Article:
More than 100 million individuals would be impacted by rollbacks in protections for those with pre-existing conditions mandated under the Affordable Care Act, according to consulting firm Avalere Health.
More than 50 percent of Americans, or 102 million people, enrolled in coverage outside public programs such as Medicare and Medicaid, would be at risk of medical underwriting or denial of health insurance coverage without the ACA, Avalere found.
The high figure comes at a time when healthcare has become a top voting issue in the upcoming November midterm elections. Republicans, who attempted to overturn the ACA multiple times in 2017, have changed their tune in the lead-up to the midterms, as protections for pre-existing conditions are one of the most popular elements of the healthcare law.
The Trump administration also recently issued a new guidance that would allow states to offer more flexibility to sell short-term limited-duration health plans that typically do not cover pre-existing conditions and do not have to follow ACA requirements.
Other attempts to strip away the ACA and its provisions are still underway. A lawsuit is currently pending judgement that could overturn the ACA, and the Trump administration has decided not to defend key provisions in the case, including covering people with pre-existing conditions. That lawsuit will likely not be settled before the midterm elections.
“Virtually every American has someone with an existing health condition in their family at any given time,” Dan Mendelson, founder of Avalere, said in a statement. “This is why Americans are so concerned with the issue, and why they expect durable, bipartisan solutions that maintain and strengthen healthcare security.”
Cost of conditions
Outside the individual markets, Americans enrolled in a health insurance plan through their employer could also face risks of higher costs as a result of a pre-existing condition, or be denied coverage altogether. Individuals with pre-existing conditions returning to a pre-ACA high-risk pool in 2019 could see premiums as high as $25,700 per year, according to an AARP projection from 2017.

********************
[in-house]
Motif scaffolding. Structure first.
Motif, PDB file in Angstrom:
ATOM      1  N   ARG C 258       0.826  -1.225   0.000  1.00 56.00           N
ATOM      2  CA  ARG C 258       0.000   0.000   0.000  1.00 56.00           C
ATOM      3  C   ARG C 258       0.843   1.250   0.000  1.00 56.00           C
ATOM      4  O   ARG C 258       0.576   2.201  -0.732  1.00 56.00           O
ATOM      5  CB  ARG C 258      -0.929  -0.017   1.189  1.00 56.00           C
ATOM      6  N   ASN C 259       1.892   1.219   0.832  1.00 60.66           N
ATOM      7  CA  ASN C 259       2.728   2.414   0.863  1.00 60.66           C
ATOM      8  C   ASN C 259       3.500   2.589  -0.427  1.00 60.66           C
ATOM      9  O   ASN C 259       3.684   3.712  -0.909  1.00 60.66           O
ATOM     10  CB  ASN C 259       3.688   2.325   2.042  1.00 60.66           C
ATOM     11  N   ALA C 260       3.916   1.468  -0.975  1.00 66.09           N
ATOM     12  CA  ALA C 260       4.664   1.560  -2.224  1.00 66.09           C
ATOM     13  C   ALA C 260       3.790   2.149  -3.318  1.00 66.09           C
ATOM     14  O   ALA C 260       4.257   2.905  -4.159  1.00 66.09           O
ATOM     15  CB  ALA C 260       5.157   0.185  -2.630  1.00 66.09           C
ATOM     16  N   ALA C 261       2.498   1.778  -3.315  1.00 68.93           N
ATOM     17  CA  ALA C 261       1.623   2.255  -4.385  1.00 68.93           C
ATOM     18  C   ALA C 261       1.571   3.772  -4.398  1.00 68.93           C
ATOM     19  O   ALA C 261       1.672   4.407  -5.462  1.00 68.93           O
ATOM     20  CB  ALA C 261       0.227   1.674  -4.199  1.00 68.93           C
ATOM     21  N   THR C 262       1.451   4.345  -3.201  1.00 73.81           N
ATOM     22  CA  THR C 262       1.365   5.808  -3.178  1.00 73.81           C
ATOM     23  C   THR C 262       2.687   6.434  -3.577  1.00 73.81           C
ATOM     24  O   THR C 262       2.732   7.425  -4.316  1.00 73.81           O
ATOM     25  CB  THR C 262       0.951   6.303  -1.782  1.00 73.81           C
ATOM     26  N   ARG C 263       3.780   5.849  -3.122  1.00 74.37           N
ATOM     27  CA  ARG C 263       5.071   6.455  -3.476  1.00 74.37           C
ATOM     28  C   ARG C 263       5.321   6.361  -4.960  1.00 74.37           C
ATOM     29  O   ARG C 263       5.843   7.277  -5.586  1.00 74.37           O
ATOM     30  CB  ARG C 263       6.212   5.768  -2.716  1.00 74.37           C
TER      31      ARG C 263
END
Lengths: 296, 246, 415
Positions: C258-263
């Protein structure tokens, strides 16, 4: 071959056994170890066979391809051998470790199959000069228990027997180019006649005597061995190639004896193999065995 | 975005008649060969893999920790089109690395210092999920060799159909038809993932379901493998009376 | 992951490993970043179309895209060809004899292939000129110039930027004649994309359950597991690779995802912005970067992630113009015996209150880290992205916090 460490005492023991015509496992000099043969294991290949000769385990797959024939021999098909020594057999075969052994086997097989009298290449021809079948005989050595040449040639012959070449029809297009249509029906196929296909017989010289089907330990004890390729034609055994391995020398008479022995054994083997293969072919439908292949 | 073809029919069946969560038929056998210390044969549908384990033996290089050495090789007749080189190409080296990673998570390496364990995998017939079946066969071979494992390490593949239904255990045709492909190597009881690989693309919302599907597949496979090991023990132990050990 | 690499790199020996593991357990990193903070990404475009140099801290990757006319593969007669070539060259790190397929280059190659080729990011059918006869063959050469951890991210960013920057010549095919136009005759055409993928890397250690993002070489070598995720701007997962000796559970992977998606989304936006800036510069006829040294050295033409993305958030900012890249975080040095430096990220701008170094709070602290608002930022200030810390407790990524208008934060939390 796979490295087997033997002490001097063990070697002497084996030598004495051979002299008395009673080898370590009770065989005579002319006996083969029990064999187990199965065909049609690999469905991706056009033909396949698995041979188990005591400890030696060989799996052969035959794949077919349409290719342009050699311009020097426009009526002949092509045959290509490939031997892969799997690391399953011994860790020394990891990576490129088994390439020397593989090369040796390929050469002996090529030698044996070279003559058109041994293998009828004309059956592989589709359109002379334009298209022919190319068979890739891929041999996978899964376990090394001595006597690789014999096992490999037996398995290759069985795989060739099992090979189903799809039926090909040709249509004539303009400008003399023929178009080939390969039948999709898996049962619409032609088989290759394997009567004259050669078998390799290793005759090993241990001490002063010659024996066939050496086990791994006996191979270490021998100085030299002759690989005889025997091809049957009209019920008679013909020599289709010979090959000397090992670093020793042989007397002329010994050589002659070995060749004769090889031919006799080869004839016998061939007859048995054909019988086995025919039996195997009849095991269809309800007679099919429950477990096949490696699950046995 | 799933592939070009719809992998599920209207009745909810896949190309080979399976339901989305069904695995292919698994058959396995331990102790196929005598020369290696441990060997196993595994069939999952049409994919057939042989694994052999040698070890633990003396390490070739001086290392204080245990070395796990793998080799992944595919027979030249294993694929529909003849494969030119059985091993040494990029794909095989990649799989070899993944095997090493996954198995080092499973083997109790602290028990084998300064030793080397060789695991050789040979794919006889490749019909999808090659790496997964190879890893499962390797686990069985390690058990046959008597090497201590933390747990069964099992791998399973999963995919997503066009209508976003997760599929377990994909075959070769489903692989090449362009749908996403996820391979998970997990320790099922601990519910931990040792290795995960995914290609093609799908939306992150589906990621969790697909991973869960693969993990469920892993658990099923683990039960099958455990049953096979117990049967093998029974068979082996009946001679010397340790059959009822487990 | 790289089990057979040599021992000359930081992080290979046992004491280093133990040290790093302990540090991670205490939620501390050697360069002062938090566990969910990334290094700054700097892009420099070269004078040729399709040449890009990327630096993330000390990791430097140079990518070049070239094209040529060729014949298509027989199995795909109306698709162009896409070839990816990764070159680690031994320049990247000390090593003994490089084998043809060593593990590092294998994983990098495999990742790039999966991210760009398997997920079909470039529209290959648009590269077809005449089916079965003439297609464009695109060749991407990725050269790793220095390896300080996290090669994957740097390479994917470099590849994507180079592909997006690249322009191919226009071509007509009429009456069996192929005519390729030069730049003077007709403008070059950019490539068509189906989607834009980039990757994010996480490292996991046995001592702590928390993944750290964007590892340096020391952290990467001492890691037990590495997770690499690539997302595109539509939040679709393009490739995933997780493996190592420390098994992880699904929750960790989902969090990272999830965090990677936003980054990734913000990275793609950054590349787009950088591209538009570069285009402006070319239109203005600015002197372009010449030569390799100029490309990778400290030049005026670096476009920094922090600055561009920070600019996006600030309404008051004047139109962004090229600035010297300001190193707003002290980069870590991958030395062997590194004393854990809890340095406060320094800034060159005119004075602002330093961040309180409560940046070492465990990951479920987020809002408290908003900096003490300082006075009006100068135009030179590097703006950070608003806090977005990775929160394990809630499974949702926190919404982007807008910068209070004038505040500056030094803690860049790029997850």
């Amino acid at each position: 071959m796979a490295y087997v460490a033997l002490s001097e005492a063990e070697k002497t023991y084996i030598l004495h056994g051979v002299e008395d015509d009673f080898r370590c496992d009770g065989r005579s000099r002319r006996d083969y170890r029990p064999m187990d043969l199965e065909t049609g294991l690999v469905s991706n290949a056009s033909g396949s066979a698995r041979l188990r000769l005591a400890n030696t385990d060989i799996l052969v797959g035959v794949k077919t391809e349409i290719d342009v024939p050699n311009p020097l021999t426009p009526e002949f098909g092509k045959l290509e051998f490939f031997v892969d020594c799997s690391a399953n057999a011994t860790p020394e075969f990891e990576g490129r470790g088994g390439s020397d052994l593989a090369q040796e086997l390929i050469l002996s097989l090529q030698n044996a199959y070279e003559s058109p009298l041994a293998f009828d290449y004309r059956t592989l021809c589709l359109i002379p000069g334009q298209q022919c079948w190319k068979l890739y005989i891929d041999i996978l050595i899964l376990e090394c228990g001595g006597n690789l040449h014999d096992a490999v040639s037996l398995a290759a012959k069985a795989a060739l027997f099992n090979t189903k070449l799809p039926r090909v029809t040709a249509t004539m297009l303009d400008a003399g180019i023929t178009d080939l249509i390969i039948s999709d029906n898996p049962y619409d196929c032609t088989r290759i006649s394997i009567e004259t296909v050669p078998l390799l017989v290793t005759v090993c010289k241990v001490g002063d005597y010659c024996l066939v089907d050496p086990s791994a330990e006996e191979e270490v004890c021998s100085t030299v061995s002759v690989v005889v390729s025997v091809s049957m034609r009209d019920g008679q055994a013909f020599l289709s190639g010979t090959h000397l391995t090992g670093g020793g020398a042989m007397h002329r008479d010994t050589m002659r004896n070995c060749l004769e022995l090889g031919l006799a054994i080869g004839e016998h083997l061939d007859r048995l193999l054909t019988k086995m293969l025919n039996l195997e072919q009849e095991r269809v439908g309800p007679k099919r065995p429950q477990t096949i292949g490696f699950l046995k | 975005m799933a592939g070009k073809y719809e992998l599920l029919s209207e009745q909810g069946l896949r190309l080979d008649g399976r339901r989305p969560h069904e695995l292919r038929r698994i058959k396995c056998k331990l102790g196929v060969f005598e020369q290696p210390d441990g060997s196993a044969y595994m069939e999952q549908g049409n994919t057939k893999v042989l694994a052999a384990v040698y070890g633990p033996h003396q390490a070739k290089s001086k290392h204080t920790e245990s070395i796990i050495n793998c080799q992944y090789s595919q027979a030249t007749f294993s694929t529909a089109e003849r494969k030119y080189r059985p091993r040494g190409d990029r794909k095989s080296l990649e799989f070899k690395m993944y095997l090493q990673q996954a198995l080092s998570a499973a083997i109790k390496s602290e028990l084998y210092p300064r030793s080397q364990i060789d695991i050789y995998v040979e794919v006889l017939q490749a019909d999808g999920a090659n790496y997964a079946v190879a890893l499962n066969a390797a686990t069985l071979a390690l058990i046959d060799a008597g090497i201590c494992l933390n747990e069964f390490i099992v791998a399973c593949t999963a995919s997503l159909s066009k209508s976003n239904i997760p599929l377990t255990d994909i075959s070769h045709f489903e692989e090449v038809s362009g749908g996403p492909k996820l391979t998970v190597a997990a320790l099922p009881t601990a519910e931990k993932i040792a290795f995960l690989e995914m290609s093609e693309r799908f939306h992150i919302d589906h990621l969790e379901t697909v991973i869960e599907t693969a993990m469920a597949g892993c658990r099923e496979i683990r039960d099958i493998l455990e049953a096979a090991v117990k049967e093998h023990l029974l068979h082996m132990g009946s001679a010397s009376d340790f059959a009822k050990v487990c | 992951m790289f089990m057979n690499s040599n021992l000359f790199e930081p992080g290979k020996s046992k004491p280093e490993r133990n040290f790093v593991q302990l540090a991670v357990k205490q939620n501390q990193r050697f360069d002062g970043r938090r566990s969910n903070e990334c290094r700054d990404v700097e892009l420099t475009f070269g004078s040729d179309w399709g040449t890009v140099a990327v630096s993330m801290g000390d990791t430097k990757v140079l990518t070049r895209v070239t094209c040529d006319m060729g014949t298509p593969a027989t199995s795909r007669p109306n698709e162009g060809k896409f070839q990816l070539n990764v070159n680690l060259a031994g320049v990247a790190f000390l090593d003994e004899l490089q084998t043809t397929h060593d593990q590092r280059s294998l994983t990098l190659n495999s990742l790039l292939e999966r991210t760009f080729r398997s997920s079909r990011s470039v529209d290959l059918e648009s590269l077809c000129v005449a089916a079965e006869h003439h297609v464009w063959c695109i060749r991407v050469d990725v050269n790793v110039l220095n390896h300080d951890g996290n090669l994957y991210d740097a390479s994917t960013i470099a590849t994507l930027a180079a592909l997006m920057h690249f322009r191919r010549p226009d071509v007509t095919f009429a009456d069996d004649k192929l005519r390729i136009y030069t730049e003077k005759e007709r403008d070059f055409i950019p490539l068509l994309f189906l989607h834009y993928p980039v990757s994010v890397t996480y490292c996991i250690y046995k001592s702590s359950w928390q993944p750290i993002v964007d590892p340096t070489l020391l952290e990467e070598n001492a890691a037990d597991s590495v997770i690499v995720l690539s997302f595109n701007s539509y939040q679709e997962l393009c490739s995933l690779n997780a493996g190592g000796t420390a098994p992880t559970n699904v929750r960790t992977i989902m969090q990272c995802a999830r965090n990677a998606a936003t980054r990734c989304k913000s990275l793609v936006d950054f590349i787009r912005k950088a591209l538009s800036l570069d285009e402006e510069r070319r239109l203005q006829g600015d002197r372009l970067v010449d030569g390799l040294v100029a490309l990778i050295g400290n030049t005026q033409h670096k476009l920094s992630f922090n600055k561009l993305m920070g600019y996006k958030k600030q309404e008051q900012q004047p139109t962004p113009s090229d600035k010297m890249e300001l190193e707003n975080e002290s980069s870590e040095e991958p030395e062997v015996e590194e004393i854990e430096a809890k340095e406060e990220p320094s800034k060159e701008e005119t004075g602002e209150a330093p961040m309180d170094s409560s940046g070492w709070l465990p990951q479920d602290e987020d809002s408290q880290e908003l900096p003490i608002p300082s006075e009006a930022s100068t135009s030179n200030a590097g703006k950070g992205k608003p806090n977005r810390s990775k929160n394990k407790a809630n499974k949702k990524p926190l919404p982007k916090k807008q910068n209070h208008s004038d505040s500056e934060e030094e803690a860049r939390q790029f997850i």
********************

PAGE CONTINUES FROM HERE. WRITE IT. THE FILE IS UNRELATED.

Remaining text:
Another practice that could return is a year-long waiting period where employers can refuse to cover pre-existing conditions if employees fail to maintain continuous coverage, Avalere warned. Of the 203.6 million lives in the non-Medicare and non-Medicaid populations in 2015, 102.4 million had a pre-existing condition, such as cardiovascular disease, a mental health disorder or obesity.
“Protections for pre-existing conditions are the only reason some Americans are able to afford health insurance,” Chris Sloan, director at Avalere, said in the analysis. “Many of the most common health conditions in the country could lead to individuals being denied access to health insurance if pre-existing condition protections are eliminated.”
To conduct its analysis, Avalere looked at data from the 2015 Medical Expenditures Panel Survey.